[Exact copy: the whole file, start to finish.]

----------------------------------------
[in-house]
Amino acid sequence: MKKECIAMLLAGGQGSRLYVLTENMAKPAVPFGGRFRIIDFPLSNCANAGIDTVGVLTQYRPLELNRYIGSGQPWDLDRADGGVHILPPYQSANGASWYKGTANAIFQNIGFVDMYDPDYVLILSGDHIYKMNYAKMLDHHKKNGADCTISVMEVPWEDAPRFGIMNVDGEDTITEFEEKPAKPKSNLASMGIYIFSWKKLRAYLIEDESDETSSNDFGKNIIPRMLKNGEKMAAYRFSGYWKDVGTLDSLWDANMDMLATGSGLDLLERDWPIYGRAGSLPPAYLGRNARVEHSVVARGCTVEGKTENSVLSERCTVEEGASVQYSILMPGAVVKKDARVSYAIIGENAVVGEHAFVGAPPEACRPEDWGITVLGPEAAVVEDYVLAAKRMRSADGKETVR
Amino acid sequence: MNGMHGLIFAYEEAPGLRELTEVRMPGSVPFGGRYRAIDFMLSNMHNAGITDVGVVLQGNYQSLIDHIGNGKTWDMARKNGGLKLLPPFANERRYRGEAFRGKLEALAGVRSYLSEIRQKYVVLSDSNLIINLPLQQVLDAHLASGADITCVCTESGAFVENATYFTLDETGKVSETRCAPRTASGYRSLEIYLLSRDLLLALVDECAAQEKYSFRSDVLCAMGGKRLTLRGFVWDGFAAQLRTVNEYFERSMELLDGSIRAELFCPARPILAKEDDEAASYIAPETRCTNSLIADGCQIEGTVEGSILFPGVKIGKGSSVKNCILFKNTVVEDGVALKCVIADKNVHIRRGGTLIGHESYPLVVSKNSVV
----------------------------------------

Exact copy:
[in-house]
Amino acid sequence: MKKECIAMLLAGGQGSRLYVLTENMAKPAVPFGGRFRIIDFPLSNCANAGIDTVGVLTQYRPLELNRYIGSGQPWDLDRADGGVHILPPYQSANGASWYKGTANAIFQNIGFVDMYDPDYVLILSGDHIYKMNYAKMLDHHKKNGADCTISVMEVPWEDAPRFGIMNVDGEDTITEFEEKPAKPKSNLASMGIYIFSWKKLRAYLIEDESDETSSNDFGKNIIPRMLKNGEKMAAYRFSGYWKDVGTLDSLWDANMDMLATGSGLDLLERDWPIYGRAGSLPPAYLGRNARVEHSVVARGCTVEGKTENSVLSERCTVEEGASVQYSILMPGAVVKKDARVSYAIIGENAVVGEHAFVGAPPEACRPEDWGITVLGPEAAVVEDYVLAAKRMRSADGKETVR
Amino acid sequence: MNGMHGLIFAYEEAPGLRELTEVRMPGSVPFGGRYRAIDFMLSNMHNAGITDVGVVLQGNYQSLIDHIGNGKTWDMARKNGGLKLLPPFANERRYRGEAFRGKLEALAGVRSYLSEIRQKYVVLSDSNLIINLPLQQVLDAHLASGADITCVCTESGAFVENATYFTLDETGKVSETRCAPRTASGYRSLEIYLLSRDLLLALVDECAAQEKYSFRSDVLCAMGGKRLTLRGFVWDGFAAQLRTVNEYFERSMELLDGSIRAELFCPARPILAKEDDEAASYIAPETRCTNSLIADGCQIEGTVEGSILFPGVKIGKGSSVKNCILFKNTVVEDGVALKCVIADKNVHIRRGGTLIGHESYPLVVSKNSVV